Editor's Note: Sir James Dyson is a British industrial designer and founder of Dyson Company. Fareed Zakaria recently interviewed
By James Dyson - Special to CNN
When it comes to taking risks, governments are notoriously reluctant. But in times of global economic uncertainty, it’s important to look beyond the short term. Debt reduction is necessary, but it’s not an economic cure all. Without fueling new ideas, long-term growth will stall. Investments are needed in new technology and infrastructure - expansive (and expensive) projects. Taking a risk requires brave decisions.
I had to borrow $900,000 to start up my vacuum cleaner company. It was a serious gamble. None of the major manufacturers were interested in my technology and I was already knee deep in debt. But I took a chance. And within 18 months I had the best selling vacuum cleaner in the United Kingdom. It was a risk, but one I had to take.
For governments the potential for encouraging invention is very real. But they’re even more prone to hesitation. In Britain, we umm’d and ahh’d about nuclear power while the French just got on with it and in doing so developed an expertise to export around the world. Today, our new nuclear power stations are designed by French engineers. And our new high-speed rail link will run German or Japanese locomotives. If successive British governments had bitten the bullet, we’d be the ones reaping the wealth of exports.
The right decision doesn’t make the headlines. It’s the gamble lost that makes the front page. In the U.S., the spotlight is on a risky investment that didn’t pay off. After receiving $500 million from the government, Solyndra, a solar equipment maker, went bankrupt. A substantial cost, to be sure. But, what of the projects that bear fruit? Of the nearly $14 billion awarded to 17 solar projects, only one sought bankruptcy. Playing it safe doesn’t lead to scientific breakthroughs. And, it can open the door for other nations to take the lead.
China is looking to grow its share of the solar global market to 13% by 2015, from 7% this year. The country spent $33 billion on solar power loans in 2010 alone. That’s real ambition. That’s risk taking.
While the U.S. can’t compete with Chinese on raw volume and low cost, it can compete on ideas and invention. Another U.S. solar manufacturer, Solaria, developed technology that uses fewer materials while delivering the same amount of power, lowering costs. This is a new idea that is driving competition.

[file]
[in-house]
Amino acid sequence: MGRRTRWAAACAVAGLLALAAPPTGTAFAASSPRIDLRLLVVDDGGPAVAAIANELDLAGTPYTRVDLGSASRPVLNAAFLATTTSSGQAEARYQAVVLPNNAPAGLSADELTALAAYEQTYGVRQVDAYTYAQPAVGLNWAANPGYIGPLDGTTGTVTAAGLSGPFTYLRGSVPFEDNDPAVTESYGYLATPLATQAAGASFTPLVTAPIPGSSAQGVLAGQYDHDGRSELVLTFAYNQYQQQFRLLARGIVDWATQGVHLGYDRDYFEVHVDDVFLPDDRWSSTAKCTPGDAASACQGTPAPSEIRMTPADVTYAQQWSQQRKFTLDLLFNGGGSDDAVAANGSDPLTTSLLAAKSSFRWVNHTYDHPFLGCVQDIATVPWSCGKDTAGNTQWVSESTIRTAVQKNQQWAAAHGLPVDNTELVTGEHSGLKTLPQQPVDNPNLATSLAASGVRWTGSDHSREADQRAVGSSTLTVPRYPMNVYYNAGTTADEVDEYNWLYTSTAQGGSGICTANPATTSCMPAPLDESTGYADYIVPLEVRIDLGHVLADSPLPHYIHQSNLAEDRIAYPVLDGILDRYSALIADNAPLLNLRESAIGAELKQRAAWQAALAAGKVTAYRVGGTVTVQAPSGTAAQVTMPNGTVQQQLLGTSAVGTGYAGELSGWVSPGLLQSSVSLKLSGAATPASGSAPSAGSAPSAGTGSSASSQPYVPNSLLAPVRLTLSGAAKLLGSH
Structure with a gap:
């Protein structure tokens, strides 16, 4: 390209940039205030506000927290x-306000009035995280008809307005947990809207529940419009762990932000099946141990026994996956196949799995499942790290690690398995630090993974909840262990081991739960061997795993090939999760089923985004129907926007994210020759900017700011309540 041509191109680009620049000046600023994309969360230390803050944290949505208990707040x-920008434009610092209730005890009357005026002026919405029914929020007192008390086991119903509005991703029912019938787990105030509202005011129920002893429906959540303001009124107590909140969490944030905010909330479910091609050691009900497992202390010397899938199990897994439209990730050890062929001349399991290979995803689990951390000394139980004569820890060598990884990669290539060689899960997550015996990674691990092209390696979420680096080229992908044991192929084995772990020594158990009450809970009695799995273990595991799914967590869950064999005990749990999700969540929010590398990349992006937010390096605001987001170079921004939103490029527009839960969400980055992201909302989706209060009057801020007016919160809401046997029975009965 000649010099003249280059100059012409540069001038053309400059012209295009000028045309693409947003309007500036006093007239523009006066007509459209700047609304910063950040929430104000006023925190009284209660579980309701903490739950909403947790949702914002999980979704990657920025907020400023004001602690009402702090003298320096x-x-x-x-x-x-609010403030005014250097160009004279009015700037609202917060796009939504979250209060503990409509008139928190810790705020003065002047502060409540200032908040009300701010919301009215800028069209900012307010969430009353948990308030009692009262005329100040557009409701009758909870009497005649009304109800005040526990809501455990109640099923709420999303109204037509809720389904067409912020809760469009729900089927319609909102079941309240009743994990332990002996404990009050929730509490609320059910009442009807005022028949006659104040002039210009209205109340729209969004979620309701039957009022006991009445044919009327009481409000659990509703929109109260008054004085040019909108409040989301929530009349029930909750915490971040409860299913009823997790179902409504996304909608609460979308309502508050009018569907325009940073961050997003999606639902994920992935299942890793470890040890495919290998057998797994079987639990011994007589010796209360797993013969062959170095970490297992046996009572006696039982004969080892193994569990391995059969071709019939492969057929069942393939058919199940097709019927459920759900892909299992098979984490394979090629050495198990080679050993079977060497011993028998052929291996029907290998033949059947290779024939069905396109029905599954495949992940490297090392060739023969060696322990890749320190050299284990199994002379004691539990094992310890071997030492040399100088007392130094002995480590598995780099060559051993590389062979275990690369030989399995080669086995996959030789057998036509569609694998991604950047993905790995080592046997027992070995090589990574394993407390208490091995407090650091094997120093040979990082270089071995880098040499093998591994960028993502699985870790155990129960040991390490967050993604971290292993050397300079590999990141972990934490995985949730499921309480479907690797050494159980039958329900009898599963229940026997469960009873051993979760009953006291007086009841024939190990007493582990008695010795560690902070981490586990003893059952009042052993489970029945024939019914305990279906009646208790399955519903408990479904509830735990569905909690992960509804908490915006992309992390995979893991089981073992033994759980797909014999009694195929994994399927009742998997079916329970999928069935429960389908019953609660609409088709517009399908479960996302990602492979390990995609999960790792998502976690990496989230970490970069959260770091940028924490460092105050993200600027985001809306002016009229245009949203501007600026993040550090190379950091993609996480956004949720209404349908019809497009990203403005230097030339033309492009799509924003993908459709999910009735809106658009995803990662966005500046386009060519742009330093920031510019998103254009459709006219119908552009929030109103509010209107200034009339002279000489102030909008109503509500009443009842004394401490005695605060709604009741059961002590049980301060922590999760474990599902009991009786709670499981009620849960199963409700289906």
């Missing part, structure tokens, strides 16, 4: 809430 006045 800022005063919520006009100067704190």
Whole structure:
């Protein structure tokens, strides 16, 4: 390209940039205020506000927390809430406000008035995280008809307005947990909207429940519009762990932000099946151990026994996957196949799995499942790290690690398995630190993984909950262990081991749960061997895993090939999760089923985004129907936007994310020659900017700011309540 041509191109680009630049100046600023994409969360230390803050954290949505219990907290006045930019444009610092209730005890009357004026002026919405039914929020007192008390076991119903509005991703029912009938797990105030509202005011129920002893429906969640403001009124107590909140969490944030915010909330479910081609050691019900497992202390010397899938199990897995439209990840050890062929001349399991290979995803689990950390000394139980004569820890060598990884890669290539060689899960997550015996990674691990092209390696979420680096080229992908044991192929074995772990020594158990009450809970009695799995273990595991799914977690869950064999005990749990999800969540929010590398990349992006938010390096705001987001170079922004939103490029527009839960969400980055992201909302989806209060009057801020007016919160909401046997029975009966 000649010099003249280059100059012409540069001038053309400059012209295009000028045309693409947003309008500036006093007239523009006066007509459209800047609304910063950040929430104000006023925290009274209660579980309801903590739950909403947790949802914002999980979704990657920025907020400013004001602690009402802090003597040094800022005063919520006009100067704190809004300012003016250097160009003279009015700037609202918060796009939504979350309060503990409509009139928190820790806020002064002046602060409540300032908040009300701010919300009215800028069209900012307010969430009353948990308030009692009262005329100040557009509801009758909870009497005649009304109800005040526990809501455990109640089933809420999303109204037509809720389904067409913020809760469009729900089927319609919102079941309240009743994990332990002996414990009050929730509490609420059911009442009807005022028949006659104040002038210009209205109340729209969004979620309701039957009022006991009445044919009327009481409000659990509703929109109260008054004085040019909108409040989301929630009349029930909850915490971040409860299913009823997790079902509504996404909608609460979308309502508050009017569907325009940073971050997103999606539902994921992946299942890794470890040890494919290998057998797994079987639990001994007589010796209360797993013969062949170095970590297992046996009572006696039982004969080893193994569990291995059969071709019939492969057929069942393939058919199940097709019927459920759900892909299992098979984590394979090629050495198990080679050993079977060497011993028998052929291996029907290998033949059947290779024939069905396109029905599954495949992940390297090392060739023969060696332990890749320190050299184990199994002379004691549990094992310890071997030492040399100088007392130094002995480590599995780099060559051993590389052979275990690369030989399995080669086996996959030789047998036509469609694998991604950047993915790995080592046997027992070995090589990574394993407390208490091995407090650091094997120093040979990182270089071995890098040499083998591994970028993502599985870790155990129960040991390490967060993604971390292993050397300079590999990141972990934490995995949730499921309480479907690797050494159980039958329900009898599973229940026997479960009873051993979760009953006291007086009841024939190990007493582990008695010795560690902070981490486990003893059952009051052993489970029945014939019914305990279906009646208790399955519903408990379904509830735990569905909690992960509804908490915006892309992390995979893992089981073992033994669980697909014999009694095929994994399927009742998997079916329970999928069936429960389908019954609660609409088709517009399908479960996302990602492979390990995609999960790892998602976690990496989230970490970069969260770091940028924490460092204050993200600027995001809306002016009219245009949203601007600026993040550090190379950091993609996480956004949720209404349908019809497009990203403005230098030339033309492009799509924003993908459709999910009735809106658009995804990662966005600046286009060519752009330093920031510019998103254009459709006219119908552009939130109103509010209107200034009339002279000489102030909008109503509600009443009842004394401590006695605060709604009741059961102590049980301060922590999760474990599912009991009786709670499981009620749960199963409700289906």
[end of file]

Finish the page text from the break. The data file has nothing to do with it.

Ideas like this need the right environment in which to flourish. The U.S. government provides 30% tax credits for solar projects and will continue to do so through 2016. It’s not just a boost to the solar industry. Research and development tax credits encourage innovative businesses to experiment with new ideas without the government having to pick winners.
Google has seen the opportunity, and is investing in new solar technology. Not necessarily philanthropic - it makes good business sense. The solar industry employs over 100,000 workers - double that of 2009 - and is America’s fastest growing energy sector.
Facing an economic recovery pockmarked with political potholes, investment in new ideas can help pave the way forward. Without taking the risk and supporting the things that matter - technology, infrastructure - you don’t generate wealth and jobs in the long-term. China puts money where it sees growth potential. So should Britain and the U.S.
In the U.S., investments in renewable energy projects are already feeding back into the economy. But, it’s the big investments that I find most interesting. Plans to give $150 million in grants to fund energy research projects could lead to world-leading technology. Risky. And potentially ground breaking.
One such project on the receiving end of these grants aims to re-engineer tobacco plants to generate fuel. Others are working to develop magnets which may reduce the need for rare-earth materials. From powering electric cars to the digital motors we engineer at Dyson, this research has the potential for far-reaching rewards.
Never at a shortage for ideas, the U.S. should not be held hostage by the fear of failure. Job creation comes with investments in infrastructure, energy and technology - funding creative and cutting-edge solutions. Now is the time to bank on the unexplored. Failure never held such promise.
The views expressed in this article are solely those of James Dyson.